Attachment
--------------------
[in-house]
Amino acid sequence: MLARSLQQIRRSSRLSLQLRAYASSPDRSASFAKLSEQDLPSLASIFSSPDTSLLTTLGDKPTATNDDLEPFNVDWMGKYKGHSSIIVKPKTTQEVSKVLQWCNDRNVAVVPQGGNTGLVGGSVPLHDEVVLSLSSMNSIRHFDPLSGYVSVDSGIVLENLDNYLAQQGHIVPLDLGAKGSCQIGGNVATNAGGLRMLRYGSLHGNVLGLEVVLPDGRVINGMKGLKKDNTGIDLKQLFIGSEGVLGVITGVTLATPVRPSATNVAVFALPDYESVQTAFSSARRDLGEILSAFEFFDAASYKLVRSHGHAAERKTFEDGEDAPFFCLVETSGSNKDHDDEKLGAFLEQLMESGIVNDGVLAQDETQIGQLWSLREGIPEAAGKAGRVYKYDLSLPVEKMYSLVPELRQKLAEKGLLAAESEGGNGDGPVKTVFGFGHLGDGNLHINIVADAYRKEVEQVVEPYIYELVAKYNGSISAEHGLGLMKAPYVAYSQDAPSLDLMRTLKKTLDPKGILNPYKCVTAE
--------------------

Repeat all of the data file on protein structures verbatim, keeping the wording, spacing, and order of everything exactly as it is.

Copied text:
[in-house]
Amino acid sequence: MLARSLQQIRRSSRLSLQLRAYASSPDRSASFAKLSEQDLPSLASIFSSPDTSLLTTLGDKPTATNDDLEPFNVDWMGKYKGHSSIIVKPKTTQEVSKVLQWCNDRNVAVVPQGGNTGLVGGSVPLHDEVVLSLSSMNSIRHFDPLSGYVSVDSGIVLENLDNYLAQQGHIVPLDLGAKGSCQIGGNVATNAGGLRMLRYGSLHGNVLGLEVVLPDGRVINGMKGLKKDNTGIDLKQLFIGSEGVLGVITGVTLATPVRPSATNVAVFALPDYESVQTAFSSARRDLGEILSAFEFFDAASYKLVRSHGHAAERKTFEDGEDAPFFCLVETSGSNKDHDDEKLGAFLEQLMESGIVNDGVLAQDETQIGQLWSLREGIPEAAGKAGRVYKYDLSLPVEKMYSLVPELRQKLAEKGLLAAESEGGNGDGPVKTVFGFGHLGDGNLHINIVADAYRKEVEQVVEPYIYELVAKYNGSISAEHGLGLMKAPYVAYSQDAPSLDLMRTLKKTLDPKGILNPYKCVTAE